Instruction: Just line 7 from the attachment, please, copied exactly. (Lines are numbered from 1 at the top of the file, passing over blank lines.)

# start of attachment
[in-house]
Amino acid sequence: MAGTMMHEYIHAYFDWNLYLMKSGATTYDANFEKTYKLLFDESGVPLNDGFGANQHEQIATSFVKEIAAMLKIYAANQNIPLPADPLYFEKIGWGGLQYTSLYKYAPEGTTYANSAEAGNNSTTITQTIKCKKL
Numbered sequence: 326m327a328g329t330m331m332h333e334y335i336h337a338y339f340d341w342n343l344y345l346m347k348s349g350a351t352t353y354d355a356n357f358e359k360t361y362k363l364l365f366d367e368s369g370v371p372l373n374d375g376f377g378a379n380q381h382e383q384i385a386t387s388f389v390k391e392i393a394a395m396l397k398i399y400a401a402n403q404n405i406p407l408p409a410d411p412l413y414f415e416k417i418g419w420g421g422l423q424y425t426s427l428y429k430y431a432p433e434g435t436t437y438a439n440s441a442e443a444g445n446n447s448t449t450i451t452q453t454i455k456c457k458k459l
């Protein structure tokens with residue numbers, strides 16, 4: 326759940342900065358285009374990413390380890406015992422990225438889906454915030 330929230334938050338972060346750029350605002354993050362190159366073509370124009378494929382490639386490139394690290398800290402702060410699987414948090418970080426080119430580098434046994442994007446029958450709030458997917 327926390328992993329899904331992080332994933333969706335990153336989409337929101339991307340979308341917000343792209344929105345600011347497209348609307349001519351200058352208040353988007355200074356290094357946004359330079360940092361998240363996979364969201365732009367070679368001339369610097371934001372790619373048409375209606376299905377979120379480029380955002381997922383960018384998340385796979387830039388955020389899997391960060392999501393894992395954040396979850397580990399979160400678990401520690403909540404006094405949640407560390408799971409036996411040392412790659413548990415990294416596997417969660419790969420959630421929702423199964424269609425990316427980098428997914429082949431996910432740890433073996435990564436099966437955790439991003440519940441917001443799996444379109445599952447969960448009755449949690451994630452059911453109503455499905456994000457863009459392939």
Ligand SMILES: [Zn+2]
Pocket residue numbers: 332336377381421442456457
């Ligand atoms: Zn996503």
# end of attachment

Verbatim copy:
């Ligand atoms: Zn996503």